I think the same principles of satire and derision can be applied to all forms of nonsense to try and emphasise its inherent absurdity. We often become blind to much irrational nonsense due to the familiarity of the context in which it is presented. I therefore like to juxtapose that context to help re-stress the incongruity of certain notions. For example, “Karma Kanics”, my imagined alternative new age vehicle well running centre, offers many services beyond mainstream garages who seem to have very little time for their customers and focus solely on the specific mechanical faults in your vehicle. My new age vehicle well running centre takes a far more holistic approach to your car’s well running by using more traditional and natural repair techniques that will enhance your vehicle’s whole engine, body and petroleum spirit. Typical therapies offered include:
Drive Shaft Manipulation
Many Alt-Mach practitioners believe that most faults in the car are caused by cardan-subluxations, where one or more couplings in the drive shaft move out of position. Firm manipulation of the drive shaft can help to free these blockages and allow the free flow of innate torque throughout the whole car.
Fully trained Torsion Masters go through several levels of attunements and are able to channel a car’s torsion by mystically waving spanners over the bonnet and restoring the engine’s cosmic balance and harmony.
A variety of mechanical faults can be fixed by massaging the correct points of the car’s tyres. Various zones on each tyre mirror separate engine components. For example, massaging the inner tread of the driver’s rear-side tyre can clear blockages in the carburetor.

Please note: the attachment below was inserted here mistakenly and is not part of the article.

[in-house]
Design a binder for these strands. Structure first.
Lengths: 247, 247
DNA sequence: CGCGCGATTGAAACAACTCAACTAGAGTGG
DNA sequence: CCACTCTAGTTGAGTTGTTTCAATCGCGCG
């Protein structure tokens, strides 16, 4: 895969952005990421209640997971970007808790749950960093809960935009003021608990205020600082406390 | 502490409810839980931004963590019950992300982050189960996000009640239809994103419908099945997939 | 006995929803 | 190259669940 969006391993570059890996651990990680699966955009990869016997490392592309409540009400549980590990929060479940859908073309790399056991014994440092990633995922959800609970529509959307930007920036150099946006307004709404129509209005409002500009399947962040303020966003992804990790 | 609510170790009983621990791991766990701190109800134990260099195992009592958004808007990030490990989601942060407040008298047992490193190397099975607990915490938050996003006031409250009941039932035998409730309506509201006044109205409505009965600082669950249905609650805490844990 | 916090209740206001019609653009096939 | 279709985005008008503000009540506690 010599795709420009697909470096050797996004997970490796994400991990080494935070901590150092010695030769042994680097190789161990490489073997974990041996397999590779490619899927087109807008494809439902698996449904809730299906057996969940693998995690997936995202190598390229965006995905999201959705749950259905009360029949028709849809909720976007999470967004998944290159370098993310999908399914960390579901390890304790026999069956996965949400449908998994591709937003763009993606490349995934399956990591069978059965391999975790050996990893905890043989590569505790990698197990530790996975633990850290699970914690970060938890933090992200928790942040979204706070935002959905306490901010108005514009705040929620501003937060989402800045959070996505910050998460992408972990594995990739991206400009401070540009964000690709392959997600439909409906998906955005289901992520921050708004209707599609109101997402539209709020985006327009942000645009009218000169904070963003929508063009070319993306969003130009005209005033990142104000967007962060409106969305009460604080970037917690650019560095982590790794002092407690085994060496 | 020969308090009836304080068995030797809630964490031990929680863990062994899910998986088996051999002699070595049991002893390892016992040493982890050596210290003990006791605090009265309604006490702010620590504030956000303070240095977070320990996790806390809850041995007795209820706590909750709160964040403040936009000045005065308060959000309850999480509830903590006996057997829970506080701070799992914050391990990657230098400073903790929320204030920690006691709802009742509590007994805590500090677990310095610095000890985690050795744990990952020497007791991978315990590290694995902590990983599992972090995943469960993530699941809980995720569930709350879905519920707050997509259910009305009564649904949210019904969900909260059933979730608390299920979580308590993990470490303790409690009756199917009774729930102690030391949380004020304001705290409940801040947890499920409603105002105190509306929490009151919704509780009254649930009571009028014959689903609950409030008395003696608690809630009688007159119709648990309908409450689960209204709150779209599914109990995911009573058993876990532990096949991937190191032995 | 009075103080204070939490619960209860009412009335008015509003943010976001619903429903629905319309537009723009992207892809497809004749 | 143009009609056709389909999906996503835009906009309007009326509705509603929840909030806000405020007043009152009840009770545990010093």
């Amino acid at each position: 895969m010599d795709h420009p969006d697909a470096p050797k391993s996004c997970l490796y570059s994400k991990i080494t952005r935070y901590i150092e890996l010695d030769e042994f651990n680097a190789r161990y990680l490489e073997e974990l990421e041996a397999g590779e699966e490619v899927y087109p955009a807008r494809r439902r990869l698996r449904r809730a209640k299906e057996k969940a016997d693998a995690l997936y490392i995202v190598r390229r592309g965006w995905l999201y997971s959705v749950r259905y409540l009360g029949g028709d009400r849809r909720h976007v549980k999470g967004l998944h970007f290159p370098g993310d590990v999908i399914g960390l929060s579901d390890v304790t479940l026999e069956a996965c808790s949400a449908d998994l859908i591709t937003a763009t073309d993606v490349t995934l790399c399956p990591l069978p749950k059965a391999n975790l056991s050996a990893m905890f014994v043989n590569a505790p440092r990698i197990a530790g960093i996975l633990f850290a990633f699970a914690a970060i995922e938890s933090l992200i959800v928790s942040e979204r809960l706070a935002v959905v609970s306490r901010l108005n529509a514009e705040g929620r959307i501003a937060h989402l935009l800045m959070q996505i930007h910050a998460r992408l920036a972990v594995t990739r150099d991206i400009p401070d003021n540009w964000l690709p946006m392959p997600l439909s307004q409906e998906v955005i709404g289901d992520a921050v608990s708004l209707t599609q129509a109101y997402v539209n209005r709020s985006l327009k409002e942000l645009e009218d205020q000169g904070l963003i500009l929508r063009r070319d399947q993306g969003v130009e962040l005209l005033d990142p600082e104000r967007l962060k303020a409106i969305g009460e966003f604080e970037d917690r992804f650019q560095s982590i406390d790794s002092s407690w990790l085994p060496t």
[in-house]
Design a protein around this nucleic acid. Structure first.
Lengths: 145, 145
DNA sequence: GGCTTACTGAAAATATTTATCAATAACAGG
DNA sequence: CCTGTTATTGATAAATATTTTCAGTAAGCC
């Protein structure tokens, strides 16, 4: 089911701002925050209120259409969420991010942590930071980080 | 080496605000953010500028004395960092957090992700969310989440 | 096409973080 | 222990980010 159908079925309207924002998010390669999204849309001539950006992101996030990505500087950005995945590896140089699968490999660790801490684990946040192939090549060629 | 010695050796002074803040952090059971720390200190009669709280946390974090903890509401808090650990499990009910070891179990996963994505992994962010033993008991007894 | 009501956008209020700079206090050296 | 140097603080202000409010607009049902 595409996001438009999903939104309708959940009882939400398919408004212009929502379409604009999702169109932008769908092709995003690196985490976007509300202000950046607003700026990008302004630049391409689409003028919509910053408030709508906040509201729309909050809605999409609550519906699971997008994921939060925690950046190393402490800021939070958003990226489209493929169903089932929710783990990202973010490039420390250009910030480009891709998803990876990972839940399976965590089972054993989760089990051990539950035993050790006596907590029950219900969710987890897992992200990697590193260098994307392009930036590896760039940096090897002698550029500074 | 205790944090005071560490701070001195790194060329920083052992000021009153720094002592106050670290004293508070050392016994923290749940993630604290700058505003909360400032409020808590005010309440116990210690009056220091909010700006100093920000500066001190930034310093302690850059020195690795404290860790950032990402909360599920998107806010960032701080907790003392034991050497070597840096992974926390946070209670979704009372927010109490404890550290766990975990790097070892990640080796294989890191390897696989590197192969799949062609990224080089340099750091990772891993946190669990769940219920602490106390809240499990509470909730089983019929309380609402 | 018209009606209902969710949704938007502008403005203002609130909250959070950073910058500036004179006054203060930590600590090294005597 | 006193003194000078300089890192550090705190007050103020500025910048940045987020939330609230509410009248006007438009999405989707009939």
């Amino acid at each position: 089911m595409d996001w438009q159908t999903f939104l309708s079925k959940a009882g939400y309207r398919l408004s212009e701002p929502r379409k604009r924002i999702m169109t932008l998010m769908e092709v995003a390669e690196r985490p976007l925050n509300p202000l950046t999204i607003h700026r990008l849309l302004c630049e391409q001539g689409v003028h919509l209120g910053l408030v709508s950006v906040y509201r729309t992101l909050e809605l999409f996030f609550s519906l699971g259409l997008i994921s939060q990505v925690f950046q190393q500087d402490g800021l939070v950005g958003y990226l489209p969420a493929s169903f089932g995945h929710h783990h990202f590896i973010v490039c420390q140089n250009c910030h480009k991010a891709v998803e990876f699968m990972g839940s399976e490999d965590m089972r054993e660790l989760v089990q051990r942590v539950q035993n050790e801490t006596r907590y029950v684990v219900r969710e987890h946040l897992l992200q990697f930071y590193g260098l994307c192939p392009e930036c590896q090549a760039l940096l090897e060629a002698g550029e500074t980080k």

Exhaust candling involves inserting a hollow candle into the car’s exhaust pipe with the external end lit. The process works by the flame creating negative pressure encouraging carbon monoxide and other toxins in the car to be expelled through the exhaust to naturally detoxify your engine.
Regular car servicing is promoted by the shills of “Big Garage” as a supposed method of reducing breakdowns. In reality, regular servicing of your car simply pumps it full of toxic oil and brake fluid and feeds the profits of conventional garages. Some studies have also shown a link between new car servicing and incorrect valve clearance.
Farcical as the above mechanical therapies may sound we tend not to notice so much when we apply them to ourselves and refer to them as: Chiropractic, Reiki, Reflexology, Ear Candling and Anti Vaccination – yet they are equally bogus.
I’m glad I found The Reason Stick. I’m sorry that Crispian Jago is dying, but I’m thankful that I got to experience his surgical wit beforehand. Maybe he’ll be looking over our shoulders after he’s gone, keeping us honest and rational. Nah. He’d call that bollocks.